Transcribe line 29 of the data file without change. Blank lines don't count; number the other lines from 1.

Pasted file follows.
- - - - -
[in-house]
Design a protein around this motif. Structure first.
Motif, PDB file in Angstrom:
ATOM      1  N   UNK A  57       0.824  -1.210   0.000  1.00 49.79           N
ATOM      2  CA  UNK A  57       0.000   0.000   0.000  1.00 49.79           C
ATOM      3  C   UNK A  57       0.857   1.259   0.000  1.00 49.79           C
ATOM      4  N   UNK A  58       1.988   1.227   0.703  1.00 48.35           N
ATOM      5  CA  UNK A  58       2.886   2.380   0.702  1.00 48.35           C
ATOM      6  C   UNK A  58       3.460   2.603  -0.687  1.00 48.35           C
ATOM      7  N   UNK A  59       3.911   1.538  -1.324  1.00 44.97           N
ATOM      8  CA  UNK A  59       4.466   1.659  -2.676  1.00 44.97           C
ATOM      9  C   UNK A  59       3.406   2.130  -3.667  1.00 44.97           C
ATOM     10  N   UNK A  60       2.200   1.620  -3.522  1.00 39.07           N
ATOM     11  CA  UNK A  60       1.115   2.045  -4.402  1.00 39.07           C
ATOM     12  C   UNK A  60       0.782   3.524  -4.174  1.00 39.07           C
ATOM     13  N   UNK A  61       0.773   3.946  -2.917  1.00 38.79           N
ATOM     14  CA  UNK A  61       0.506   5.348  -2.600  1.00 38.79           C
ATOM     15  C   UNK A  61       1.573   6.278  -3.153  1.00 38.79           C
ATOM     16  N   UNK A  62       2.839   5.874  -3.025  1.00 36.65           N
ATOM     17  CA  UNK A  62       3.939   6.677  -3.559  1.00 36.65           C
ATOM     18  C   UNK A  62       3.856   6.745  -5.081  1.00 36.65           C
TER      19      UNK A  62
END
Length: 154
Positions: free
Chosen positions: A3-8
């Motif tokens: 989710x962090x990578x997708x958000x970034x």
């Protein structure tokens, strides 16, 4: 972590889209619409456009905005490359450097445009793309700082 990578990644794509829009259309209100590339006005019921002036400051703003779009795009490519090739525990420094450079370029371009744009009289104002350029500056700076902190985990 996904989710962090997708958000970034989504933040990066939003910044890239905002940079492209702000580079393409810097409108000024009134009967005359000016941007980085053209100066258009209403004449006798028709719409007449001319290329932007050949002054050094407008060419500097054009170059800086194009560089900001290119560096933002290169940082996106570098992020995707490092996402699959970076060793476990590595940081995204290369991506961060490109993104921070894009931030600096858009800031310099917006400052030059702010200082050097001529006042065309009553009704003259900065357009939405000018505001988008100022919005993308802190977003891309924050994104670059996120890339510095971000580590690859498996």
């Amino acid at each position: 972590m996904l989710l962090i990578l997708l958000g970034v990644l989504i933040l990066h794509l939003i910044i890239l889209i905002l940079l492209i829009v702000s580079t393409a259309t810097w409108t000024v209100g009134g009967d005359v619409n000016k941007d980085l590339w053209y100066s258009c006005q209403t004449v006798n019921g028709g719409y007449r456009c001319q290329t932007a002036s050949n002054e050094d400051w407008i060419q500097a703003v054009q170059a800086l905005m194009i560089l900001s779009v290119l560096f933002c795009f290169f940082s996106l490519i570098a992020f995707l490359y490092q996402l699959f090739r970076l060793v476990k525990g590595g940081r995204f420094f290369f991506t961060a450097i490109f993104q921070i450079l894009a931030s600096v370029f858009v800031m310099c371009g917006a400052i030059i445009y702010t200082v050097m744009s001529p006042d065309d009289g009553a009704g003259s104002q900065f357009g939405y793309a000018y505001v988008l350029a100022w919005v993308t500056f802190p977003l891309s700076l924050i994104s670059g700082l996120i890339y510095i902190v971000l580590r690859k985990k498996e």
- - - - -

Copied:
């Amino acid at each position: 972590m996904l989710l962090i990578l997708l958000g970034v990644l989504i933040l990066h794509l939003i910044i890239l889209i905002l940079l492209i829009v702000s580079t393409a259309t810097w409108t000024v209100g009134g009967d005359v619409n000016k941007d980085l590339w053209y100066s258009c006005q209403t004449v006798n019921g028709g719409y007449r456009c001319q290329t932007a002036s050949n002054e050094d400051w407008i060419q500097a703003v054009q170059a800086l905005m194009i560089l900001s779009v290119l560096f933002c795009f290169f940082s996106l490519i570098a992020f995707l490359y490092q996402l699959f090739r970076l060793v476990k525990g590595g940081r995204f420094f290369f991506t961060a450097i490109f993104q921070i450079l894009a931030s600096v370029f858009v800031m310099c371009g917006a400052i030059i445009y702010t200082v050097m744009s001529p006042d065309d009289g009553a009704g003259s104002q900065f357009g939405y793309a000018y505001v988008l350029a100022w919005v993308t500056f802190p977003l891309s700076l924050i994104s670059g700082l996120i890339y510095i902190v971000l580590r690859k985990k498996e």